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Nanotech Pioneer Honored For Inventing Cancer-fighting Nanoshells
Rice University nanooptics powerhouse Naomi Halas takes her place alongside 41 rising American stars in Esquire magazine's "Best & Brightest 2006" list, which appears in the magazine's December issue.
Halas, the Stanley C. Moore Professor in Electrical and Computer Engineering and professor of chemistry, is one of just a handful of women featured in the article, "The Women of America: An Esquire investigation into people who are really good at what they do."
Esquire's annual list showcases the nation's top minds in the worlds of science, culture, education, public service and the arts. Halas is one of nine honorees in the society category. She made the list for her groundbreaking work in the field of nanooptics and cancer research. Esquire singled out her most famous invention, the metallic particles called nanoshells, for "their freakish ability to capture light," and goes on to say "nanoshells will soon be helping mankind kill tumors, sniff out chemical weapons and even improve solar power."
The article also recognized the contributions of Halas' longtime collaborator in the development of biomedical applications of nanotechnology, Jennifer West, the Isabel C. Cameron Professor of
Bioengineering and professor in chemical and biomolecular engineering.
Halas, a world-renowned leader in the field of nanophotonics, joined Rice's faculty in 1989. She is a fellow of the American Physical Society, the American Association for the Advancement of Science and the Optical Society of America, a recipient of the National Science Foundation Young Investigator Award and a four-time winner of the Rice Engineering Alumni's Hershel M. Rich Invention Award. She received the Cancer Innovator Award from the congressionally directed medical research programs of the U.S. Department of Defense in 2003.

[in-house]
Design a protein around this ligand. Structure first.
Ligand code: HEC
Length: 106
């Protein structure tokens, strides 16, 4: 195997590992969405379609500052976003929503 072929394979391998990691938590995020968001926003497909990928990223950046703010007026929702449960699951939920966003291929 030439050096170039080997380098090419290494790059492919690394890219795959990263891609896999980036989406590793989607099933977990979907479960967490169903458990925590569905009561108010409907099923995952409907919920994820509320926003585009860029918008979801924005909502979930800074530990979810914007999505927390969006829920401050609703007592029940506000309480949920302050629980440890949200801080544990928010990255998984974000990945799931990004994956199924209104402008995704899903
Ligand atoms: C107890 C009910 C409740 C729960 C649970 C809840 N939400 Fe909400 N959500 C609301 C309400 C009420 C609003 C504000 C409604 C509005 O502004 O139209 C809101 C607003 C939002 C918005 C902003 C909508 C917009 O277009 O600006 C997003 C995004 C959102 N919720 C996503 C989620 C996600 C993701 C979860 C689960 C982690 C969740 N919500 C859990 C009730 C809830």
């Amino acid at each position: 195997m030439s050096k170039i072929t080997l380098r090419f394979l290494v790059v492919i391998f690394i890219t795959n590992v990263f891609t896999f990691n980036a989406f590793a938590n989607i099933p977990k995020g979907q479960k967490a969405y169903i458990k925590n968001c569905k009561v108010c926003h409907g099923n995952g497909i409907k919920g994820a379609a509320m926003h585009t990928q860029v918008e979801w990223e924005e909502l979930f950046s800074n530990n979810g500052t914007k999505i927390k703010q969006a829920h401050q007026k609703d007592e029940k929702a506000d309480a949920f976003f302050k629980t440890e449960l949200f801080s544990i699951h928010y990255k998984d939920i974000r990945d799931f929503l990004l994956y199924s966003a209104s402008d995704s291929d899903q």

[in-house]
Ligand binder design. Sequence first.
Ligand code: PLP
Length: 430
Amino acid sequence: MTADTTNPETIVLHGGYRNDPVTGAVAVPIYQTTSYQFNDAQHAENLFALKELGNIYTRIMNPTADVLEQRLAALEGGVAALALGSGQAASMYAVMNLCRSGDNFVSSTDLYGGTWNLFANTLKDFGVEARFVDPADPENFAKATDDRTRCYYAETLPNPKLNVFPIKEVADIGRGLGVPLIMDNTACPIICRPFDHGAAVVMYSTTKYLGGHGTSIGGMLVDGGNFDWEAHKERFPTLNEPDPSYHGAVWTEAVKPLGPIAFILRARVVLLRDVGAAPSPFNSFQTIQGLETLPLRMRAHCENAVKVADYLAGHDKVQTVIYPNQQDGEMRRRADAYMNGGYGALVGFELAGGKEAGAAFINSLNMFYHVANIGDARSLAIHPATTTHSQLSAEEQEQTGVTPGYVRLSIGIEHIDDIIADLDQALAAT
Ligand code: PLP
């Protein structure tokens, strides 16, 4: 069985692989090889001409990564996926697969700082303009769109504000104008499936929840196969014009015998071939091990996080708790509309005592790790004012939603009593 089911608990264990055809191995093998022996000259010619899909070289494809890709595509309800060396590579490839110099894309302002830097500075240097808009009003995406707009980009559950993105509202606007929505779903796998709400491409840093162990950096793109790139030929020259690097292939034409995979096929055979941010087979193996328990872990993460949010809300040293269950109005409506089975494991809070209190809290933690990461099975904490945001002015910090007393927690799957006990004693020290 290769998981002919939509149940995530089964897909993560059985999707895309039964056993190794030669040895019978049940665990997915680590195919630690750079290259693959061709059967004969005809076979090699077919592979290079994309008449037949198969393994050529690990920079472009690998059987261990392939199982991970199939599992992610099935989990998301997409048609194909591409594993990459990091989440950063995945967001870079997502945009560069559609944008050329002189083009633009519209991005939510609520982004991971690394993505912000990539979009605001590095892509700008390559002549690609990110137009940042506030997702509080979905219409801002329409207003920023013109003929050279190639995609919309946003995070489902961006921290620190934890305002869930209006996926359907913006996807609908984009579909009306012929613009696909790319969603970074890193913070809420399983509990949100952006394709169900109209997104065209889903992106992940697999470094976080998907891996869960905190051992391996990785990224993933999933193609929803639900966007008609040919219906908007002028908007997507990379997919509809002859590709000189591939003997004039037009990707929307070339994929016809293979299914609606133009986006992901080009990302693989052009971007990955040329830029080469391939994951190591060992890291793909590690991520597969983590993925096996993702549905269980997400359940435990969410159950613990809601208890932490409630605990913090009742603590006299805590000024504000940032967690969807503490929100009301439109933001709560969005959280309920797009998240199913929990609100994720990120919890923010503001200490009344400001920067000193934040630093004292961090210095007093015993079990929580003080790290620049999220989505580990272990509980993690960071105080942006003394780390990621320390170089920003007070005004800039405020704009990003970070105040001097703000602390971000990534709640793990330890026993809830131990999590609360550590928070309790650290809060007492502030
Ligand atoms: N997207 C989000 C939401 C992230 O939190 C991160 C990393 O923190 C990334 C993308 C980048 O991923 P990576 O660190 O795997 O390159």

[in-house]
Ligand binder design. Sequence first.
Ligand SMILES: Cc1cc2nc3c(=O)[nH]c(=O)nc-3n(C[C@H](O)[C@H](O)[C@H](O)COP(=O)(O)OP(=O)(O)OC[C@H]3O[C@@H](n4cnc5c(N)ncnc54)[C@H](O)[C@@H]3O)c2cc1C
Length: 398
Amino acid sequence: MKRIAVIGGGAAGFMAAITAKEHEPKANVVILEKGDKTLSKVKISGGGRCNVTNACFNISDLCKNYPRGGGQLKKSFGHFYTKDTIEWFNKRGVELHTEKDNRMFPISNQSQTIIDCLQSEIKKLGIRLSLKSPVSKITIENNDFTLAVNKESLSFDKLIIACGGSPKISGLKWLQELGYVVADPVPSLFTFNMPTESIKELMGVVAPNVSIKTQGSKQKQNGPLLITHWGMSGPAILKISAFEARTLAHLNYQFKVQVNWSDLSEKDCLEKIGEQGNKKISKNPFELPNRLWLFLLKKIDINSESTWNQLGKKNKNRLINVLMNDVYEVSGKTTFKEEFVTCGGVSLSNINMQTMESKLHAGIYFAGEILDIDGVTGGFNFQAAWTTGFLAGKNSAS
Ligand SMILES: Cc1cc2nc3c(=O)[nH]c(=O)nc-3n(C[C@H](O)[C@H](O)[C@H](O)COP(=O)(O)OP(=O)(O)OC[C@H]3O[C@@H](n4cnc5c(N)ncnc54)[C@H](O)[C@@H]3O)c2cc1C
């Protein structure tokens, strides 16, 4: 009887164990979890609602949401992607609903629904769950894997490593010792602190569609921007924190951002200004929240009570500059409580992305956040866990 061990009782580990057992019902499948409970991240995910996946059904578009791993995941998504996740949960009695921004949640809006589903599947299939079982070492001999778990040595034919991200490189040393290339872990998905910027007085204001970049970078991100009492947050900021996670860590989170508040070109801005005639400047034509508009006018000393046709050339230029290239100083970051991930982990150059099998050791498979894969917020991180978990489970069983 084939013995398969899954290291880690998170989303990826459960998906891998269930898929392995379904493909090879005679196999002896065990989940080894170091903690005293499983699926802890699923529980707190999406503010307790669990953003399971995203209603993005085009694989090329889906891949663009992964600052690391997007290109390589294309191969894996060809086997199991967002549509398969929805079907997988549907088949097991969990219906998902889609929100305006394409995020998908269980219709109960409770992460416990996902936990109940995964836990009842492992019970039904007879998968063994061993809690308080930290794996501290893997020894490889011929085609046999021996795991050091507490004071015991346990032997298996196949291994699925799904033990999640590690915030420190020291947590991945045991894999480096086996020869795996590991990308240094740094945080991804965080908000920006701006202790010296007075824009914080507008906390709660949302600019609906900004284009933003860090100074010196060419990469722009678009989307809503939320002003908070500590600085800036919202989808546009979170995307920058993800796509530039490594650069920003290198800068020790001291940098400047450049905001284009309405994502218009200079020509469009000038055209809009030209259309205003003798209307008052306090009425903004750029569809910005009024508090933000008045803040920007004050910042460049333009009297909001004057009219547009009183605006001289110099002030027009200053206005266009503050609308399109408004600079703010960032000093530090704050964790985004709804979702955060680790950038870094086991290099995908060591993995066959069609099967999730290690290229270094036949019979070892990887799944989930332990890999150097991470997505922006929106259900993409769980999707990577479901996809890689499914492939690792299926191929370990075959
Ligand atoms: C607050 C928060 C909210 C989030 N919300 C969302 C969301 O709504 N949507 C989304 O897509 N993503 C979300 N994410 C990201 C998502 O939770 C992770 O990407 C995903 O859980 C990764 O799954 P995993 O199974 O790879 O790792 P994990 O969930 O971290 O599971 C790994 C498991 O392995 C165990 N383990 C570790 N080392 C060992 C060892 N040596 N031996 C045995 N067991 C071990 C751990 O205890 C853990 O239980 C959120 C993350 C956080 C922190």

Halas was nominated for Esquire's Best & Brightest list by 2005 honoree Amy Myers Jaffe, the Wallace S. Wilson Fellow in Energy Studies at the James A. Baker III Institute for Public Policy.
About Rice University
Rice University is consistently ranked one of America’s best teaching and
research universities. It is distinguished by its: size—2,850 undergraduates
and 1,950 graduate students; selectivity—10 applicants for each place in the
freshman class; resources—an undergraduate student-to-faculty ratio of 6-to-1, and the fifth largest endowment per student among American universities; residential college system, which builds communities that are both close-knit and diverse; and collaborative culture, which crosses disciplines, integrates teaching and research, and intermingles undergraduate and graduate work. Rice’s wooded campus is located in the nation’s fourth largest city and on America’s South Coast.
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